The Mid and West MS took the opportunity of a 90 second statement in the Senedd to congratulate the organisation on 40 years of working in Carmarthenshire.

Plaid Cymru Shadow Economy, Transport and Tackling Poverty Minister Helen Mary Jones Mid and West MS said:

“It was my privilege last week to visit, with my colleague Adam Price, a wonderful Llanelli-based organisation, CYCA—formerly the Carmarthenshire Youth and Children’s Association, now Connecting Youth, Children and Adults.

“I have known of and supported CYCA’s work for almost 20 years, and it was really inspiring to see how they’ve gone from strength to strength supporting children, young people and families in these challenging times, and this year, they celebrate their fortieth birthday.

“It would be easier to list what CYCA doesn’t do in the field than what they do, such is the breadth of their work. They run nurseries and youth groups, education and training courses, they provide counselling and individual support, and support for families. We were particularly impressed with the stories of two young mothers who, through CYCA, had not only received support with the challenges of isolation and family life, but had also been able to get back into education; one starts her training as a midwife this week.

“And we were struck, too, by an innovative social prescribing scheme where GPs refer children and young people experiencing distress to CYCA. The team then work with the whole family, identifying support needs and providing whatever is needed—counselling, parenting support, support at school—and this support lasts as long as the children and family need it.

“It’s already proving very successful, with young people’s well-being greatly enhanced. One service user said to me many years ago, ‘The thing about CYCA is that they never give up on you’. And they don’t. CYCA never gives up on a child, a young person, a vulnerable adult or a family. We are lucky to have them in our town, our county and our community. Pen-blwydd hapus iawn, CYCA. I’m looking forward to seeing what you get up to in the next 40 years.”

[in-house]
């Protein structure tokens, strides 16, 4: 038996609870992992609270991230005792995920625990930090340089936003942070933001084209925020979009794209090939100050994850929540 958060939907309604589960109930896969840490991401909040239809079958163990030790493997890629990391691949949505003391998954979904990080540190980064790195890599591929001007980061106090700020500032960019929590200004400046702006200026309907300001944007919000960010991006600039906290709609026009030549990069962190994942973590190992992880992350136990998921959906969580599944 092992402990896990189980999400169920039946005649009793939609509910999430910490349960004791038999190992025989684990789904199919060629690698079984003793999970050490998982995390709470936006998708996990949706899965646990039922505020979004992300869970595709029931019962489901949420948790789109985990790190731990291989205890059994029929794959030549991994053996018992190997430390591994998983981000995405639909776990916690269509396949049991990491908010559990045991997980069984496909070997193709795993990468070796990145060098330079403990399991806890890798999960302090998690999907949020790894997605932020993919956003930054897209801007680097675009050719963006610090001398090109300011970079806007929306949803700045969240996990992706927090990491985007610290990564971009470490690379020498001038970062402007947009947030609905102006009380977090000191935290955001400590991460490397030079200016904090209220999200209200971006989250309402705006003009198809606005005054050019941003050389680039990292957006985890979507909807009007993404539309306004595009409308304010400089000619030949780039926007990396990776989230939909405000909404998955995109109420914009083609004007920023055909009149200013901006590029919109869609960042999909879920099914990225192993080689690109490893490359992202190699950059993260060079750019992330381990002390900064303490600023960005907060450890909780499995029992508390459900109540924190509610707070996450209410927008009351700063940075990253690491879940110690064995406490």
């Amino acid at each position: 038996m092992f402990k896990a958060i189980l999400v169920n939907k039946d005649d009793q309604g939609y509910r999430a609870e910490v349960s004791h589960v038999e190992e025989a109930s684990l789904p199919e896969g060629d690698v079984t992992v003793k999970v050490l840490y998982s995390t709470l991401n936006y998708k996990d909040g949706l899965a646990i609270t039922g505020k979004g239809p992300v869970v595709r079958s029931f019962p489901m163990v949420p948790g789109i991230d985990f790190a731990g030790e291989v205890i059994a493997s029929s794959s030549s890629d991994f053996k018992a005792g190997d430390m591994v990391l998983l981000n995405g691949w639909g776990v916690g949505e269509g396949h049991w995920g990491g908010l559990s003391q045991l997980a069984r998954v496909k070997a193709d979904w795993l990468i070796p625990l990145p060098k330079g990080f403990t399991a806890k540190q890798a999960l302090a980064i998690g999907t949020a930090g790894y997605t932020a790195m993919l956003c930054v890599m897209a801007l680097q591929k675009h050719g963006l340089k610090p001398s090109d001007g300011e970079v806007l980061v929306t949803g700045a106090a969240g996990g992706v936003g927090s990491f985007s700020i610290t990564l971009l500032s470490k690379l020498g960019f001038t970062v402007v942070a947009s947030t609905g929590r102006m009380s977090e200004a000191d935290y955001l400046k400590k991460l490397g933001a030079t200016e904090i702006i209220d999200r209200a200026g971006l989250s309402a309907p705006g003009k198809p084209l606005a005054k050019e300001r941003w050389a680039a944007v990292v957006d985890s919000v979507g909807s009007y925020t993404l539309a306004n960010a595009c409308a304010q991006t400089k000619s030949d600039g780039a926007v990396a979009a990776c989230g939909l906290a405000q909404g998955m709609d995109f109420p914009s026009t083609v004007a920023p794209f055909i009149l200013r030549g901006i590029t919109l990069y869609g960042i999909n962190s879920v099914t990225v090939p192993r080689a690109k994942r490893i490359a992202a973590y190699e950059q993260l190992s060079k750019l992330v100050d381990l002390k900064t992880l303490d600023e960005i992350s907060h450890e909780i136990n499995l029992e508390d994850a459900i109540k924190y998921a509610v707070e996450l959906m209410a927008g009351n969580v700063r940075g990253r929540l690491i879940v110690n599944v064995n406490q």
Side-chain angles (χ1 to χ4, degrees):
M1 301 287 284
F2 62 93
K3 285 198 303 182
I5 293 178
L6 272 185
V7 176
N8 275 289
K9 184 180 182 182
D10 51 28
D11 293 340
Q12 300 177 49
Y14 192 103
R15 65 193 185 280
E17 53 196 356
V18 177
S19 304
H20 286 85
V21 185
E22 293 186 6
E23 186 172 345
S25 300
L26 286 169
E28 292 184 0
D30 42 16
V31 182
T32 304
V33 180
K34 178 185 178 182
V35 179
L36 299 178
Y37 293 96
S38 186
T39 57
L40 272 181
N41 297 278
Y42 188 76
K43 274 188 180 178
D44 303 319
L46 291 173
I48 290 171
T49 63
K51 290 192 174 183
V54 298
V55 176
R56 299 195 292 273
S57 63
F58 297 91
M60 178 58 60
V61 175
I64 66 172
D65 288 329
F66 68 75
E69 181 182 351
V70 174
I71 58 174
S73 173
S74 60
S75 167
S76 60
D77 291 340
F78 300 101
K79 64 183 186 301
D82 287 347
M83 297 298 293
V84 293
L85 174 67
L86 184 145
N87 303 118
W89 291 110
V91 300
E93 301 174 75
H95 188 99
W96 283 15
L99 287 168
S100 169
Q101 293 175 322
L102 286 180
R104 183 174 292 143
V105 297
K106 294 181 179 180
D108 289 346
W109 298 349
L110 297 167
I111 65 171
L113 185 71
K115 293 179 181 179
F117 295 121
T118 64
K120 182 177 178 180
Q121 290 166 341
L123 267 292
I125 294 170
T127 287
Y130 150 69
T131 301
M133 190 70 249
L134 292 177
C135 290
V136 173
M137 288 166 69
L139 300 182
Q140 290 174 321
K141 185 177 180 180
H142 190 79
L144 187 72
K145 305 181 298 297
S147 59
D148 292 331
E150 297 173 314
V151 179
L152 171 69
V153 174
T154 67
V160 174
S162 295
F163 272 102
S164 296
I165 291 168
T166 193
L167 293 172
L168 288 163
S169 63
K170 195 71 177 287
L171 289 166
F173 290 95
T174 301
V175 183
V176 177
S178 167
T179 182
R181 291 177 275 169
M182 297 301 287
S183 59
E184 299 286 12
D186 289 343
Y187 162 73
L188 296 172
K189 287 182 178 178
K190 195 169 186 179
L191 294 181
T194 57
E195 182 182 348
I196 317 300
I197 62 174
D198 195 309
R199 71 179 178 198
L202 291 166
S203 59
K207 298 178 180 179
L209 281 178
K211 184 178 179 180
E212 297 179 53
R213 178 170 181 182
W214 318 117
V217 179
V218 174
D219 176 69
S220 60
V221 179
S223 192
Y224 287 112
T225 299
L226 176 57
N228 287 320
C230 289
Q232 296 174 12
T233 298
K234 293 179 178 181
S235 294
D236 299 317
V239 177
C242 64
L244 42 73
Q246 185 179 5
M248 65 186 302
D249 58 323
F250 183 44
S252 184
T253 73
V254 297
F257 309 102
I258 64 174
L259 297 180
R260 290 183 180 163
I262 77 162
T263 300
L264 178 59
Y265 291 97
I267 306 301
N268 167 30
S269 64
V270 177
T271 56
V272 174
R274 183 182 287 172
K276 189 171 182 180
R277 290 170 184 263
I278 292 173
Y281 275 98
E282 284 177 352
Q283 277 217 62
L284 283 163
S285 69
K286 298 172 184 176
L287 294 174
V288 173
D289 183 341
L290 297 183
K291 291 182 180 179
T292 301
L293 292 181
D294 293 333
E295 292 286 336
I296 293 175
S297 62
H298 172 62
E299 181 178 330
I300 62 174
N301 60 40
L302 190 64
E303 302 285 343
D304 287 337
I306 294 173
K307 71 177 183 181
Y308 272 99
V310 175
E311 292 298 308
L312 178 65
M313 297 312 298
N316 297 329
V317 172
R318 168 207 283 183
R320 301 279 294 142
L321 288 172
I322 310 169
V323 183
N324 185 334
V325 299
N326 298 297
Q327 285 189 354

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Llanelli thanked for all their efforts to help control the spread of Covid-19

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RESIDENTS in Llanelli are being thanked for all their efforts to help control the spread of Covid-19 – almost a week after new local restrictions were introduced.

A large part of Llanelli has been designated a ‘health protection zone’ following a large increase in Covid-19 cases in the area.

The temporary restrictions were introduced on Saturday, September 26 in a bid to halt the spread of the virus and to protect people’s health.

Council Leader Emlyn Dole has praised locals for changing their behaviour and adhering to the new restrictions.

However, it is still very early days and residents, not only in Llanelli, but across Carmarthenshire are being urged to please continue to follow the advice around social distancing, washing hands, face coverings, self-isolation and testing.

Anyone who has a positive Covid-19 result or has been in contact with someone with confirmed Covid-19 will receive a call from the Test, Trace Protect team on this number 02921 961133.  Residents are being urged to please answer the phone. If you do miss a call, the team will continue to try and reach you. Calls from this number are outbound only, so you will need to wait for a call back.

In the last week, the council’s enforcement team, with support from Dyfed-Powys Police, has visited more than 100 business premises to offer advice and support. The majority of businesses are compliant, however, there is a small minority of licensed premises who have failed to put appropriate measures in place. As a result, a total of seven closure notices and five improvement notices have been issued for breaches of coronavirus regulations.

Cllr Dole said: “I cannot thank residents enough for all they are doing to protect their loved ones, their families and friends. I can assure you that all your efforts and sacrifices will make a big difference.

“It is vital we keep on following the rules and do all we can to stop the spread, we all have a part to play in this, and together we will come through it.